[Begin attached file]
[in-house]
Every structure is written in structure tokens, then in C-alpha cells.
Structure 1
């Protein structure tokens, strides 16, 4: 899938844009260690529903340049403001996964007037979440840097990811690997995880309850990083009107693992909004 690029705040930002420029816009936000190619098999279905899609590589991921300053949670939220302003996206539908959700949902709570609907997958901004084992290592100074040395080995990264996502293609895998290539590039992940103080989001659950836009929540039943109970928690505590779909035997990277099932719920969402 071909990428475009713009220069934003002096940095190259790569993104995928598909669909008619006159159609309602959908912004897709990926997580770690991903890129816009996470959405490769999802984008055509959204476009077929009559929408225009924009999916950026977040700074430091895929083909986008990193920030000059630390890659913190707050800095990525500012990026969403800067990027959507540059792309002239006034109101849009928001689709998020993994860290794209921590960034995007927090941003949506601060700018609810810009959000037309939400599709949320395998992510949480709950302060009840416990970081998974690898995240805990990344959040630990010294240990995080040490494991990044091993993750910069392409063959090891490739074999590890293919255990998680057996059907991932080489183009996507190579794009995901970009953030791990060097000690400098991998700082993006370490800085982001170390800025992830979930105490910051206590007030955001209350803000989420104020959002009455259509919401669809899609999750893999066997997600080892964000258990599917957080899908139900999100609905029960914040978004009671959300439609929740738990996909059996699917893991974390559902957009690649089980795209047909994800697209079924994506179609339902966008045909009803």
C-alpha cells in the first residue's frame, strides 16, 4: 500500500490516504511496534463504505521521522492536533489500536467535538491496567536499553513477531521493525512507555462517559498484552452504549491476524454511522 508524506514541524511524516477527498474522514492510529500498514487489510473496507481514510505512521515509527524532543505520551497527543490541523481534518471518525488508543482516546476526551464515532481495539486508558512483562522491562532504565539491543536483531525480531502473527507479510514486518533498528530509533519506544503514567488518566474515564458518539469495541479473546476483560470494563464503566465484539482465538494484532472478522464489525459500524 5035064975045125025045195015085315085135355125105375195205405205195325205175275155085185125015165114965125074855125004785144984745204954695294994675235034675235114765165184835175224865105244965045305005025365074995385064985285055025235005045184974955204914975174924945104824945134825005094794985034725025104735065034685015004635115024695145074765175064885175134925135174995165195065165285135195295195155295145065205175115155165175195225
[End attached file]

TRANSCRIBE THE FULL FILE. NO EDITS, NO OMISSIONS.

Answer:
[in-house]
Every structure is written in structure tokens, then in C-alpha cells.
Structure 1
């Protein structure tokens, strides 16, 4: 899938844009260690529903340049403001996964007037979440840097990811690997995880309850990083009107693992909004 690029705040930002420029816009936000190619098999279905899609590589991921300053949670939220302003996206539908959700949902709570609907997958901004084992290592100074040395080995990264996502293609895998290539590039992940103080989001659950836009929540039943109970928690505590779909035997990277099932719920969402 071909990428475009713009220069934003002096940095190259790569993104995928598909669909008619006159159609309602959908912004897709990926997580770690991903890129816009996470959405490769999802984008055509959204476009077929009559929408225009924009999916950026977040700074430091895929083909986008990193920030000059630390890659913190707050800095990525500012990026969403800067990027959507540059792309002239006034109101849009928001689709998020993994860290794209921590960034995007927090941003949506601060700018609810810009959000037309939400599709949320395998992510949480709950302060009840416990970081998974690898995240805990990344959040630990010294240990995080040490494991990044091993993750910069392409063959090891490739074999590890293919255990998680057996059907991932080489183009996507190579794009995901970009953030791990060097000690400098991998700082993006370490800085982001170390800025992830979930105490910051206590007030955001209350803000989420104020959002009455259509919401669809899609999750893999066997997600080892964000258990599917957080899908139900999100609905029960914040978004009671959300439609929740738990996909059996699917893991974390559902957009690649089980795209047909994800697209079924994506179609339902966008045909009803």
C-alpha cells in the first residue's frame, strides 16, 4: 500500500490516504511496534463504505521521522492536533489500536467535538491496567536499553513477531521493525512507555462517559498484552452504549491476524454511522 508524506514541524511524516477527498474522514492510529500498514487489510473496507481514510505512521515509527524532543505520551497527543490541523481534518471518525488508543482516546476526551464515532481495539486508558512483562522491562532504565539491543536483531525480531502473527507479510514486518533498528530509533519506544503514567488518566474515564458518539469495541479473546476483560470494563464503566465484539482465538494484532472478522464489525459500524 5035064975045125025045195015085315085135355125105375195205405205195325205175275155085185125015165114965125074855125004785144984745204954695294994675235034675235114765165184835175224865105244965045305005025365074995385064985285055025235005045184974955204914975174924945104824945134825005094794985034725025104735065034685015004635115024695145074765175064885175134925135174995165195065165285135195295195155295145065205175115155165175195225